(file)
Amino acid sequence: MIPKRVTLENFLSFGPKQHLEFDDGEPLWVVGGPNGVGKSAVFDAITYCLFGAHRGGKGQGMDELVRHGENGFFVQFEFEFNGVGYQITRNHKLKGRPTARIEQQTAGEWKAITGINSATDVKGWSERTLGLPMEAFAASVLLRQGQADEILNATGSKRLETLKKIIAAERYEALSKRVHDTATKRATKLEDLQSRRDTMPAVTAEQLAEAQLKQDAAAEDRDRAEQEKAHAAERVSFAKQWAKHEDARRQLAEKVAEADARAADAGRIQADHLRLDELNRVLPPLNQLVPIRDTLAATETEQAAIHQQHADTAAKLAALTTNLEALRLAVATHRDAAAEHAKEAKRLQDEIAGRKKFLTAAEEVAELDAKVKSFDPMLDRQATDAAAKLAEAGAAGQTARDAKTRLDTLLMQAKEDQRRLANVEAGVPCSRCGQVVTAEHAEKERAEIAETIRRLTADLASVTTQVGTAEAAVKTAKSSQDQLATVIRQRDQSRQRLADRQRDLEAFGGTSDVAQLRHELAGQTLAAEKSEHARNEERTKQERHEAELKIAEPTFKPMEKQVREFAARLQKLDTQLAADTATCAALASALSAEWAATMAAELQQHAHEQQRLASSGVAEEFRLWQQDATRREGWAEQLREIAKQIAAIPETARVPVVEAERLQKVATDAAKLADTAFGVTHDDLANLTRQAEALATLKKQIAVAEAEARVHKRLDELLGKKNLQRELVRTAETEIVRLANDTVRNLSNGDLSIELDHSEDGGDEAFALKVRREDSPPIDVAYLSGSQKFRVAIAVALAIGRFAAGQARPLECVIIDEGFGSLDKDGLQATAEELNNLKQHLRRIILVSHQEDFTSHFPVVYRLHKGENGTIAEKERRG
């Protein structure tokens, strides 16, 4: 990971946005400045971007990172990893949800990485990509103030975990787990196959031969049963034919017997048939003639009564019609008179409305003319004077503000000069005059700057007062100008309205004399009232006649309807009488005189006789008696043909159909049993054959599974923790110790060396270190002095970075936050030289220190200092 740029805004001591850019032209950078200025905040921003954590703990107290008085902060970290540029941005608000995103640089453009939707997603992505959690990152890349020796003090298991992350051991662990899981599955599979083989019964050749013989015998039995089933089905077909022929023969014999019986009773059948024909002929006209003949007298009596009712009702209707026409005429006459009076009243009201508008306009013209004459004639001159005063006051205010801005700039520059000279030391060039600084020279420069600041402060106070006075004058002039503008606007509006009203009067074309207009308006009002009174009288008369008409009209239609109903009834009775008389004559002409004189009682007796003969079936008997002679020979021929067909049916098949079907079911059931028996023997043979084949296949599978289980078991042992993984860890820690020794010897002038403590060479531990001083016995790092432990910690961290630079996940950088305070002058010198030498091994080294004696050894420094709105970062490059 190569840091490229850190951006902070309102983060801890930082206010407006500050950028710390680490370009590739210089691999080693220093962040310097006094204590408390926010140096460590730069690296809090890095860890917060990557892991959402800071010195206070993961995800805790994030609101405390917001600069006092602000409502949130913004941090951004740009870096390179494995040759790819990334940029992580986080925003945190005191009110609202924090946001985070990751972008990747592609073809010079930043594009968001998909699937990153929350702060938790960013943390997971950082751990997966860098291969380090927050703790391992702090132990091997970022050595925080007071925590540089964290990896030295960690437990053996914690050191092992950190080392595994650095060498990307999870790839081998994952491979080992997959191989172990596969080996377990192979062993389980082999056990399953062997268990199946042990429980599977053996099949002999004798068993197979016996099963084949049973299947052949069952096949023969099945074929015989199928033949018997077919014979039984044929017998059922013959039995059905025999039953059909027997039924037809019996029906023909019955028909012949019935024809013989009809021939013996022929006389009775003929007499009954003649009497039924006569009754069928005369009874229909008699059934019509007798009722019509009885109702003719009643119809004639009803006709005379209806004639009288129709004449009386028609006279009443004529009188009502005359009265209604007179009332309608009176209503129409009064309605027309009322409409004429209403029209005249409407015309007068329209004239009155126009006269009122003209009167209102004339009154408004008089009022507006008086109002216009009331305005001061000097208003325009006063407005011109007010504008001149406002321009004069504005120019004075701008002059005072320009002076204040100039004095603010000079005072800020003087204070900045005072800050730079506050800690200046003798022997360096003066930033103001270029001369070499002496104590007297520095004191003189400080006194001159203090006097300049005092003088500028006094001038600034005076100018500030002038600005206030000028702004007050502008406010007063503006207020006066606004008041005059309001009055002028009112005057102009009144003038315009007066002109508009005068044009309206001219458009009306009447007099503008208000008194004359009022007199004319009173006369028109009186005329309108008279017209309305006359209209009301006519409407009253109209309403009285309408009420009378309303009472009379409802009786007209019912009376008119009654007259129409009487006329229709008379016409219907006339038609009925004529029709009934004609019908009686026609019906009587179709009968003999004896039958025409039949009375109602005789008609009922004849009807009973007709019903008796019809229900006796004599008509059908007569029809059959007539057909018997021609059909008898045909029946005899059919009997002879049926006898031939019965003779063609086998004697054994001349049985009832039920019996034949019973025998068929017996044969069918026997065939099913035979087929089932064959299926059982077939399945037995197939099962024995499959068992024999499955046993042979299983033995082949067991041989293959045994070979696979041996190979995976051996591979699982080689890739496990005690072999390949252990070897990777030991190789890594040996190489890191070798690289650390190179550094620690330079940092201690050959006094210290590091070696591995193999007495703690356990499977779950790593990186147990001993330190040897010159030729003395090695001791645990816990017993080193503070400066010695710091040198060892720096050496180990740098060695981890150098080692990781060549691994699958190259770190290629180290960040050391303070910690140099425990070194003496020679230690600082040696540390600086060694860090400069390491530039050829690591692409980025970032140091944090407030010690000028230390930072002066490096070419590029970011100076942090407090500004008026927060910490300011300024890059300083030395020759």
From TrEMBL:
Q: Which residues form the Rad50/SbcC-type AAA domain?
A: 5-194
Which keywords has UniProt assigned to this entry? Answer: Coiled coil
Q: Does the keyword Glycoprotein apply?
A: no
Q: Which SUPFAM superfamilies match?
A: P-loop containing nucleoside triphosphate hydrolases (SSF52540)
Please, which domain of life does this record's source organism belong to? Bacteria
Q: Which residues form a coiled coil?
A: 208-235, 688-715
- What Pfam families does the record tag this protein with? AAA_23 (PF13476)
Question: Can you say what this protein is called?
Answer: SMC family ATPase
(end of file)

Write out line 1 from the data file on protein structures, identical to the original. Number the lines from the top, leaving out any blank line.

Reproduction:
Amino acid sequence: MIPKRVTLENFLSFGPKQHLEFDDGEPLWVVGGPNGVGKSAVFDAITYCLFGAHRGGKGQGMDELVRHGENGFFVQFEFEFNGVGYQITRNHKLKGRPTARIEQQTAGEWKAITGINSATDVKGWSERTLGLPMEAFAASVLLRQGQADEILNATGSKRLETLKKIIAAERYEALSKRVHDTATKRATKLEDLQSRRDTMPAVTAEQLAEAQLKQDAAAEDRDRAEQEKAHAAERVSFAKQWAKHEDARRQLAEKVAEADARAADAGRIQADHLRLDELNRVLPPLNQLVPIRDTLAATETEQAAIHQQHADTAAKLAALTTNLEALRLAVATHRDAAAEHAKEAKRLQDEIAGRKKFLTAAEEVAELDAKVKSFDPMLDRQATDAAAKLAEAGAAGQTARDAKTRLDTLLMQAKEDQRRLANVEAGVPCSRCGQVVTAEHAEKERAEIAETIRRLTADLASVTTQVGTAEAAVKTAKSSQDQLATVIRQRDQSRQRLADRQRDLEAFGGTSDVAQLRHELAGQTLAAEKSEHARNEERTKQERHEAELKIAEPTFKPMEKQVREFAARLQKLDTQLAADTATCAALASALSAEWAATMAAELQQHAHEQQRLASSGVAEEFRLWQQDATRREGWAEQLREIAKQIAAIPETARVPVVEAERLQKVATDAAKLADTAFGVTHDDLANLTRQAEALATLKKQIAVAEAEARVHKRLDELLGKKNLQRELVRTAETEIVRLANDTVRNLSNGDLSIELDHSEDGGDEAFALKVRREDSPPIDVAYLSGSQKFRVAIAVALAIGRFAAGQARPLECVIIDEGFGSLDKDGLQATAEELNNLKQHLRRIILVSHQEDFTSHFPVVYRLHKGENGTIAEKERRG